United Nations. (2020). Guatemala – SDG6 data. UN Water. https://www.sdg6data.org/country-or-area/Guatemala#

María Tzaj Family – Hybrid House Program – Home for a Home

Santos (43), his wife María (27) and their three children, Ángel (8), Rómulo (6), and Amelia (2), are the owners of a new Hybrid House in the community of Chuatzan, Santa Lucía Utatlán, Sololá. While Santos work in agriculture, María stays home taking care of the children.  

Our new Hybrid House solution is a two-room home built with a mix of traditional materials: adobe blocks, cement blocks, and wood. This solution is partially subsidized which means that beneficiary families are asked to contribute towards the cost of materials and provide labor such as preparing adobe blocks, among other tasks. 

Before partnering with Home for a Home and Habitat Guatemala, the family used to live at Santo’s brother’s house for over six years.  The family did not have their own space as the house was small. “All of us were sleeping in a small room with not enough space for our stuff and the children to play in” says Santos.  

When asked how they feel about their new home, Santos answers, “We feel calmer, we are at peace as we have our own space.” María adds, “Now, here at our house, we can plant flowers, we can buy chickens, grow fruits and our children can play anywhere they want.”  

Santos explains that their lives have improved greatly with this new home because they no longer have to share space with other people. Now, they can do what they want and they are safe. In the future, the family would like to add tile floors. 

As part of the Hybrid House Programs, families also receive a latrine, water filter and a smokeless stove. This helps them improve their health by giving them adequate access to proper sanitation and a smoke-free environment. María used to cook on a stove that was in poor conditions, causing the smoke to stay inside their house, “The old stove was in poor condition and consumed a lot of wood. With this new one, she no longer suffers fromthe smoke and we are saving money on wood,” says Santos.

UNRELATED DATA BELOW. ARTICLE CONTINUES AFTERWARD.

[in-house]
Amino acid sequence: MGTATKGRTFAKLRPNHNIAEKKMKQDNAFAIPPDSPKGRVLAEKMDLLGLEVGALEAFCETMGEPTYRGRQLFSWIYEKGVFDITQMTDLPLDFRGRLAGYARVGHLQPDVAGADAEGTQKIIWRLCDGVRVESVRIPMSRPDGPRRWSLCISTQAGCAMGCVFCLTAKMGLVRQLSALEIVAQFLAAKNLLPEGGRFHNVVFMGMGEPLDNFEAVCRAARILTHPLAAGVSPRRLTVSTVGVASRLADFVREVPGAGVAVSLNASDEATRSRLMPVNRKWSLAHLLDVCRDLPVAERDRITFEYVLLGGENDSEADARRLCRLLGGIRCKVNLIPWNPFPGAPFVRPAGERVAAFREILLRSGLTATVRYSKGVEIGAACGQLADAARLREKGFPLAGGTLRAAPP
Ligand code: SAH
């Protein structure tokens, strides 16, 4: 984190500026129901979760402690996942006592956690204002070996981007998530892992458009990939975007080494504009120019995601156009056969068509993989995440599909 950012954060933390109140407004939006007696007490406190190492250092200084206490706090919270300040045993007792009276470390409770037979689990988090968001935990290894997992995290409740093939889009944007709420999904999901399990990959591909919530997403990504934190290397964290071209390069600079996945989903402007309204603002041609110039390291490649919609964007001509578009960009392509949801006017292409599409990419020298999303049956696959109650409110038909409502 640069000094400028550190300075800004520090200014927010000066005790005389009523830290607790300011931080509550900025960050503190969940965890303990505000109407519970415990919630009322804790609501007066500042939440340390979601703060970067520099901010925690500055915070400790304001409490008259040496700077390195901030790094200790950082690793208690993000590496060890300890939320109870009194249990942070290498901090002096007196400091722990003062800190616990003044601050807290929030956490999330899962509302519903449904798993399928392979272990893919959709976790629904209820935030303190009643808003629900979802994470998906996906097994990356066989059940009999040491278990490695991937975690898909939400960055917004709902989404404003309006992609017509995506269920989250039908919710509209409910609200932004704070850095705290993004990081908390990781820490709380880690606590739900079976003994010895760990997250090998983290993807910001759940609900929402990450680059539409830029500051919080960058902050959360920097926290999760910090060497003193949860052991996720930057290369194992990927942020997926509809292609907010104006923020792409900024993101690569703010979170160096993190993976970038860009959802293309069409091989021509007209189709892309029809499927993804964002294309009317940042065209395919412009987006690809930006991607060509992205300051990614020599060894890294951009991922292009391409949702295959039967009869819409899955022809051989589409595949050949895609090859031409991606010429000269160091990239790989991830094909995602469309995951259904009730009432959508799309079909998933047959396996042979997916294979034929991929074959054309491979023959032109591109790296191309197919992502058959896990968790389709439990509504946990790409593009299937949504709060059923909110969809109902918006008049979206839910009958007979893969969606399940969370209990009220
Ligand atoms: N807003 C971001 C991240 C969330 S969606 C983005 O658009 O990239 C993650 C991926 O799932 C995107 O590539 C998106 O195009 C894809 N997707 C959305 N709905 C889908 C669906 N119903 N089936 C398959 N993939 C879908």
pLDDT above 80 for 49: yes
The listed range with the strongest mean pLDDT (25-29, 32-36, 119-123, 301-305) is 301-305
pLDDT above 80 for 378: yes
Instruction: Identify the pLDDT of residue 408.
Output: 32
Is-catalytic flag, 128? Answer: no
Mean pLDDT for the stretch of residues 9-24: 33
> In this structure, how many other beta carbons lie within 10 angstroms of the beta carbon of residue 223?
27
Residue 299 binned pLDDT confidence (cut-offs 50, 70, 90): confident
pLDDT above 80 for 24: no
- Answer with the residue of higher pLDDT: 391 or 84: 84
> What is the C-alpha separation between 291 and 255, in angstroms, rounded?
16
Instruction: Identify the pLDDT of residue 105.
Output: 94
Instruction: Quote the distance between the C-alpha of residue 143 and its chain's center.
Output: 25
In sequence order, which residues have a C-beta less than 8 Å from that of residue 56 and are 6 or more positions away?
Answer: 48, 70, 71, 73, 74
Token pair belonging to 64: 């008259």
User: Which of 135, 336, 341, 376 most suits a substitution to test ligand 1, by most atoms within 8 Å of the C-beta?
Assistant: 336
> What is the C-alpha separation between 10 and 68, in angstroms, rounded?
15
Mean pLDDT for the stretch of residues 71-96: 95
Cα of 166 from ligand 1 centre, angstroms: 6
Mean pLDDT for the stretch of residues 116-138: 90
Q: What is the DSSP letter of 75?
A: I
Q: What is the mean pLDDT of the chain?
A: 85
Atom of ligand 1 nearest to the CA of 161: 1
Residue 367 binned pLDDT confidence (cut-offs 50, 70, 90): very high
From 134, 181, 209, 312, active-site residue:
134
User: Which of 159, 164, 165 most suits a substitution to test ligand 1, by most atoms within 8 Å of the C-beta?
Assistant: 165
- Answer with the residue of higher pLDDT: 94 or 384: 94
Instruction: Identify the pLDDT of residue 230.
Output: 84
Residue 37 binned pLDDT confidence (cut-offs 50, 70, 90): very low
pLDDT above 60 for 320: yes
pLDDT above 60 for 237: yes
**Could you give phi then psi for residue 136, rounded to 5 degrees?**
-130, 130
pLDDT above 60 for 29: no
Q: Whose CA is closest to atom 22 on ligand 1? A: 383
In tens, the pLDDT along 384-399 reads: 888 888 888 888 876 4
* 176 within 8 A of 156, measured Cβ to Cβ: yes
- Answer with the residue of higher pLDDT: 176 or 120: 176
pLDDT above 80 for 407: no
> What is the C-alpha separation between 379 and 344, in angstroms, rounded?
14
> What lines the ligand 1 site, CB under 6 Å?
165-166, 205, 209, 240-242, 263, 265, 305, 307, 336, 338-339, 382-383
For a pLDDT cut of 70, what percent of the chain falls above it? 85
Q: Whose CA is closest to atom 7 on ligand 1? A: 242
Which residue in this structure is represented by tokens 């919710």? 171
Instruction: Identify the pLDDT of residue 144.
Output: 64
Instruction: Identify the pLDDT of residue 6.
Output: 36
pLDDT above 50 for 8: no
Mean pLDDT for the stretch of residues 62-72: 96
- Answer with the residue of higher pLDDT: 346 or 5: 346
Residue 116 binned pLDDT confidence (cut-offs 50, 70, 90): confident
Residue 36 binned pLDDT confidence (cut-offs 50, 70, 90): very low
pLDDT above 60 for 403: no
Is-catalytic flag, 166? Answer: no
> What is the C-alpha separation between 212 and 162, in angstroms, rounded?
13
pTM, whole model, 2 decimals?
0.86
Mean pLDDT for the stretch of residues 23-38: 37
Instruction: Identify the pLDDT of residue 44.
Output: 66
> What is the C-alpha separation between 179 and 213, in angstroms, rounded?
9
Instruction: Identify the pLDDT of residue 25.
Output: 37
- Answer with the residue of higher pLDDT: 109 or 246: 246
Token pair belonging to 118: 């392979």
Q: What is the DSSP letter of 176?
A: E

Santos finishes by sharing a message with the donors, “Thank you to all the donors! It was a big surprise for my family. Thank you for thinking about us and for giving us this big gift. May God bless you.” 

 

 

 

 

Mercedes López Family – Hybrid House Program – Home for a Home

Lucas, his wife, Mercedes and their 8 children, Gladys (21), Claraluz (19), Giovanni (6), Mynor (14), Lucrecia (12) and Lucas (8), Rosibel (5) and Marvin (2) are the owners of a new Hybrid House in the community of Chipó, San Lucas Antonio Palopó, Sololá. While Lucas works in agriculture, Mercedes sells different herbs in the market during market days.  

Our new Hybrid House solution is a two-room home built with a mix of traditional materials: adobe blocks, cement blocks, and wood. This solution is partially subsidized which means that beneficiary families are asked to contribute towards the cost of materials and provide labor such as preparing adobe blocks, among other tasks. 

As part of the Hybrid House Programs, families also receive a latrine, water filter and a smokeless stove. This helps them improve their health by giving them adequate access to proper sanitation and a smoke free environment. Mercedes used to cook over an open fire on the floor, “I used to cook on the floor, the smoke gave me headaches and red eyes. Now, it is completely different with my new stove. I no longer have to be on my knees to cook. We cook with less wood and the smoke goes outside,” says Mercedes. Previously, the family did not own a latrine and would to go to the woods. Now, that they have a safe and hygienic place for their basic needs. 

Both Lucas and Mercedes finish by sharing a message with the donors, “Receive our greetings! Many thanks! We are very happy with our house, our children have enough space to sleep and we all sleep in peace. Thank you!”  

Before partnering with Home for a Home and Habitat Guatemala, Mercedes family used to live in an old one-room house built out of adobe blocks, wood and dirt flooring. “The roof was in poor condition too. When it rained the water leaked and we had to look for things to cover the children with because they would get sick,” says Mercedes.